It has been a year since we closed our doors at Eclectic Eye because of a global pandemic. It has been 10 months since we re-opened.
What have we learned? How are we changed?
When the pandemic reality started to take shape, I was overwhelmed, desperate and confused. Every trauma trigger was active. I felt terrified, lonely and lost.
I see now that there were a few specific things that saved my life during those first 60 days. A savings account. My family of four all under the same roof. A comforting home, as well as neighbors and a neighborhood that provided a safe haven.
I felt the shaky confidence that our business could survive this. It might be forever changed, but I felt deep in my gut we could survive it.
A few weeks ago, scrolling through Instagram, I noticed Andrea Fenise’s GoFundMe ask: “Help (Me) Rebuild Big Mamas House.”
I had met Andrea years ago through Memphis Fashion Week. She is a local blogger, stylist, designer and all-around interesting human. I had been drawn to her kind, inclusive, calming demeanor.
Was she building a new house for her family? Was she helping a friend? Whatever it was, I was intrigued, especially in light of the chaotic year we have all endured.
When I opened the page, Andrea had written this:
“I bought the home of Eunice Alma Harris Malone, my paternal great-grandmother, in Hyde Park, North Memphis, Tennessee. Big Mama, who I so affectionately called her, was well loved and revered in Hyde Park. She was the community’s kindergarten teacher and an herbalist. She lived a well and long life well into her 90s. My grandfather sold her home in 1988 after her passing.”
Andrea had never stopped thinking about the house in Hyde Park that held so many memories for her family. She is working to restore “all of the heart and soul my Big Mama put into this home.” It is a daunting task: Termites and squatters had made the home uninhabitable, so she decided to raze the original house and build it back better.
For a moment, I didn’t realize that Andrea was talking about a local, Memphis neighborhood, because I wasn’t familiar with Hyde Park. I discovered the neighborhood is only 3.7 miles from our business.
I made a donation to Andrea’s campaign. She messaged me almost immediately with a teary-eyed video thanking me for my support, which was lovely. But something else was simmering in me about this project.
One of the things that came out of 2020 has been an awakening to the injustices that continue to plague our systems. Memphis contains them all. It is not lost on me that the terrified, lost, powerless feeling I had as the pandemic closed my business a year ago is one that many of my neighbors live with daily. For them, it never goes away.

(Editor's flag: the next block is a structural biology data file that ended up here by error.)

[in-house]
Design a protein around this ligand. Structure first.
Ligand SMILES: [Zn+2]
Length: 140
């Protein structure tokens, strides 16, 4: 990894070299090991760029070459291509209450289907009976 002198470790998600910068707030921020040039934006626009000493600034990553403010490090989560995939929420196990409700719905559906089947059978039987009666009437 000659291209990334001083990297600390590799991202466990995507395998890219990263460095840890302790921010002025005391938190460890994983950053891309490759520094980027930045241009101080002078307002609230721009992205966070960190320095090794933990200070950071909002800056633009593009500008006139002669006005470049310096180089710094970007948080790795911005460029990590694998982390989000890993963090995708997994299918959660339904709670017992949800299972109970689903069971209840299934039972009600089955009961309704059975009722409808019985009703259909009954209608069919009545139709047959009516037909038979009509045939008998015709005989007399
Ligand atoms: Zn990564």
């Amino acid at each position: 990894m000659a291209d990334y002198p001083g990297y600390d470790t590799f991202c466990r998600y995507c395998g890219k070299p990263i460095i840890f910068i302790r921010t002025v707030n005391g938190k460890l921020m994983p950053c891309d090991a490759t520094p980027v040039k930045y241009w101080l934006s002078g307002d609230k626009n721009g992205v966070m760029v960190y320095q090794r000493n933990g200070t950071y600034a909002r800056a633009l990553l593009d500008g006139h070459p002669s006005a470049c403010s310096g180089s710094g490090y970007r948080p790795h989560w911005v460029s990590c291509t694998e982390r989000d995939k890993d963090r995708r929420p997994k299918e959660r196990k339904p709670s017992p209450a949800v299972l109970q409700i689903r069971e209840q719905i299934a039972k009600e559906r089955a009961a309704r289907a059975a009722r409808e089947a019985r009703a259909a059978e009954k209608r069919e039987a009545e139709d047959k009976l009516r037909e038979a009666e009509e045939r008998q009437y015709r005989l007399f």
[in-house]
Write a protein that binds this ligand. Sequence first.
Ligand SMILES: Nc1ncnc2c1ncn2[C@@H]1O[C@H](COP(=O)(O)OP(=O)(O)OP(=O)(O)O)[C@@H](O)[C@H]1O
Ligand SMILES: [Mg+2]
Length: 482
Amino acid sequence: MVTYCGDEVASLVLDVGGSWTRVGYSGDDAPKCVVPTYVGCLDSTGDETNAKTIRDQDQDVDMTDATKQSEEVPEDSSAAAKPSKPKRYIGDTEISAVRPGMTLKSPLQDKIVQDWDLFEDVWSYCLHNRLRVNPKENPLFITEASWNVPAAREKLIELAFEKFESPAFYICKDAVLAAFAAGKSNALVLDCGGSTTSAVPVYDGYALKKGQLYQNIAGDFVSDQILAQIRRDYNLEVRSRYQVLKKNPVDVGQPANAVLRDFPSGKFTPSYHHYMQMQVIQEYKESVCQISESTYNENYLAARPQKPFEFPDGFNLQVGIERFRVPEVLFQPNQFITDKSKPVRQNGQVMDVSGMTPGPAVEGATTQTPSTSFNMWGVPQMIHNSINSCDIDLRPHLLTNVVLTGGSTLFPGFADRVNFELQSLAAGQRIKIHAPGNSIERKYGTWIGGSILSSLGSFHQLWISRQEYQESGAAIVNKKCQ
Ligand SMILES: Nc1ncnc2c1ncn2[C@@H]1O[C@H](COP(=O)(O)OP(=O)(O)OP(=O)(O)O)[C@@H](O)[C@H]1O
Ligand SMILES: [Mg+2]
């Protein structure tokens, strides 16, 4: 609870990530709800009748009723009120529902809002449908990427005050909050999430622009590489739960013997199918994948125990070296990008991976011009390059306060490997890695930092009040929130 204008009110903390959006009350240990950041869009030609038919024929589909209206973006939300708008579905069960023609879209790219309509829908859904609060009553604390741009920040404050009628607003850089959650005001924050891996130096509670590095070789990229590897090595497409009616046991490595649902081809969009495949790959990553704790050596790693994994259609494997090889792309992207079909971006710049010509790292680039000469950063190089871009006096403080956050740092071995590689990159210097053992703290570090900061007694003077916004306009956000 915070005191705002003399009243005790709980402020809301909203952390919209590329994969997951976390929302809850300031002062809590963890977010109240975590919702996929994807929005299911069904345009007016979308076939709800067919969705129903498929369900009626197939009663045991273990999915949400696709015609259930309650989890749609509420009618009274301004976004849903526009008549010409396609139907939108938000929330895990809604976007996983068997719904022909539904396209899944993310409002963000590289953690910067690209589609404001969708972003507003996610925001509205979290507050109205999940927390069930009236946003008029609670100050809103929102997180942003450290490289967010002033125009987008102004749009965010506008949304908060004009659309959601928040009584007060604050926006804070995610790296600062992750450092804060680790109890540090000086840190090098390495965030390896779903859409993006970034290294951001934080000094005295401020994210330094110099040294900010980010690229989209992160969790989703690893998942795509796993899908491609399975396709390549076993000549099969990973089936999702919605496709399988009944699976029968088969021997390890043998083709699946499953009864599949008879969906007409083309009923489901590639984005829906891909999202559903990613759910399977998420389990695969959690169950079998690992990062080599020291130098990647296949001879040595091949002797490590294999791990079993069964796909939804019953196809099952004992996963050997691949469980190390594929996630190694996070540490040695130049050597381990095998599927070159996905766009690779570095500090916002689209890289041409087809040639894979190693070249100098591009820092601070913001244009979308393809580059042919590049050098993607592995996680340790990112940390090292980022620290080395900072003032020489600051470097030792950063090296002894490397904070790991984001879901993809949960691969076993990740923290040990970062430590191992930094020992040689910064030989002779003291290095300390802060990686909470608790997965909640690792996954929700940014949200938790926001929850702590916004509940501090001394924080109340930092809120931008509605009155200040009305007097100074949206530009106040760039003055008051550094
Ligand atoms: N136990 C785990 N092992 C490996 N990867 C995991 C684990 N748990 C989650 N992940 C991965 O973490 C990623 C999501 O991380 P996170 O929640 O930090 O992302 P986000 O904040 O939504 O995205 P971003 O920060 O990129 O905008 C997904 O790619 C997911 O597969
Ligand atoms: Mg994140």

In Memphis, our neighborhoods tell that story in a color-coded map of the racial discrimination, systemic oppression, disinvestment and the marginalization of Black people. Perhaps I didn’t know about the Hyde Park neighborhood, I thought, because I am white.
When my husband Mike and I were scouting locations in Midtown for our business in the late 1990s and early 2000s, Midtown was depressed. Although we were a brand-new business concept and opening in an area that commercial real estate brokers advised against, we were still able to get the financing we needed to open.
Last year, during the pandemic, Eclectic Eye applied for and received a loan from the federal Paycheck Protection Program. Then, in February, that loan was forgiven. When we were scared and hurting, our government helped us stay on our feet with what was, essentially, a handout.
Who is helping the Hyde Park neighborhood?
Andrea Fenise, that’s who. She has a dream to restore a community that matters to her. Mike and I had a dream to build a business in a community we love, too. Yet the tools that are available to us aren’t necessarily available in Hyde Park. Banks aren’t as willing to loan money in this historic community, and the emotional capital needed for investment there is being spent just helping people survive.
There is no reason the people of Hyde Park shouldn’t have the safety, comfort and connection – not to mention a grocery store within walking distance – that my family and I had in the darkest part of the pandemic.
If Eclectic Eye is successful because Mike and I had help to realize our dream, then Andrea and Hyde Park deserve a fighting chance, too.
We will keep doing the best job we can to help others, in non-traditional ways, to live into the dreams they were born to manifest. We have made a donation from our successful Annual Sale to helping Andrea build her dream in Hyde Park. I hope you’ll consider joining us.